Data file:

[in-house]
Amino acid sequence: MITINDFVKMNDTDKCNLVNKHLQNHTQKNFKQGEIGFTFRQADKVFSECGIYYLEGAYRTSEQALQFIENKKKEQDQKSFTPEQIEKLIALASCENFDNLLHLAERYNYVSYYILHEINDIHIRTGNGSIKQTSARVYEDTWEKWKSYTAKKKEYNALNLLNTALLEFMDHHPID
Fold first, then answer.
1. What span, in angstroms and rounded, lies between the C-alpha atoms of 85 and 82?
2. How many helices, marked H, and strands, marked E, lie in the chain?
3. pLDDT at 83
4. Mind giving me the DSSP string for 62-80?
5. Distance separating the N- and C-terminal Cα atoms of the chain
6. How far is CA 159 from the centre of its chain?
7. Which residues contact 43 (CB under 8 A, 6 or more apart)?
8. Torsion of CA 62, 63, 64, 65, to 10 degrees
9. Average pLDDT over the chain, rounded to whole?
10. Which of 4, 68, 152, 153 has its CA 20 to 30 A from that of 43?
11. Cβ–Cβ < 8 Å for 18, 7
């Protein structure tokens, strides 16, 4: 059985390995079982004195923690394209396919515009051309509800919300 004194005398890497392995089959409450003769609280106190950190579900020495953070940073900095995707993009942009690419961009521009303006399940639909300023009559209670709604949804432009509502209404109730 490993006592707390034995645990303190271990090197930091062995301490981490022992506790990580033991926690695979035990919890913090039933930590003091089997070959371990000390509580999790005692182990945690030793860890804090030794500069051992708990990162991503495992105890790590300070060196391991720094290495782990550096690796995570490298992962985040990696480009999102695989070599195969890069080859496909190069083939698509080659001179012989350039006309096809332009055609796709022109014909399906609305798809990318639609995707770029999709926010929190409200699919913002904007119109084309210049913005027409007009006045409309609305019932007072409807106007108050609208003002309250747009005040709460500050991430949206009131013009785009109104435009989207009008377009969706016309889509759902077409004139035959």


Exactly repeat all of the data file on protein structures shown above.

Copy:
[in-house]
Amino acid sequence: MITINDFVKMNDTDKCNLVNKHLQNHTQKNFKQGEIGFTFRQADKVFSECGIYYLEGAYRTSEQALQFIENKKKEQDQKSFTPEQIEKLIALASCENFDNLLHLAERYNYVSYYILHEINDIHIRTGNGSIKQTSARVYEDTWEKWKSYTAKKKEYNALNLLNTALLEFMDHHPID
Fold first, then answer.
1. What span, in angstroms and rounded, lies between the C-alpha atoms of 85 and 82?
2. How many helices, marked H, and strands, marked E, lie in the chain?
3. pLDDT at 83
4. Mind giving me the DSSP string for 62-80?
5. Distance separating the N- and C-terminal Cα atoms of the chain
6. How far is CA 159 from the centre of its chain?
7. Which residues contact 43 (CB under 8 A, 6 or more apart)?
8. Torsion of CA 62, 63, 64, 65, to 10 degrees
9. Average pLDDT over the chain, rounded to whole?
10. Which of 4, 68, 152, 153 has its CA 20 to 30 A from that of 43?
11. Cβ–Cβ < 8 Å for 18, 7
């Protein structure tokens, strides 16, 4: 059985390995079982004195923690394209396919515009051309509800919300 004194005398890497392995089959409450003769609280106190950190579900020495953070940073900095995707993009942009690419961009521009303006399940639909300023009559209670709604949804432009509502209404109730 490993006592707390034995645990303190271990090197930091062995301490981490022992506790990580033991926690695979035990919890913090039933930590003091089997070959371990000390509580999790005692182990945690030793860890804090030794500069051992708990990162991503495992105890790590300070060196391991720094290495782990550096690796995570490298992962985040990696480009999102695989070599195969890069080859496909190069083939698509080659001179012989350039006309096809332009055609796709022109014909399906609305798809990318639609995707770029999709926010929190409200699919913002904007119109084309210049913005027409007009006045409309609305019932007072409807106007108050609208003002309250747009005040709460500050991430949206009131013009785009109104435009989207009008377009969706016309889509759902077409004139035959």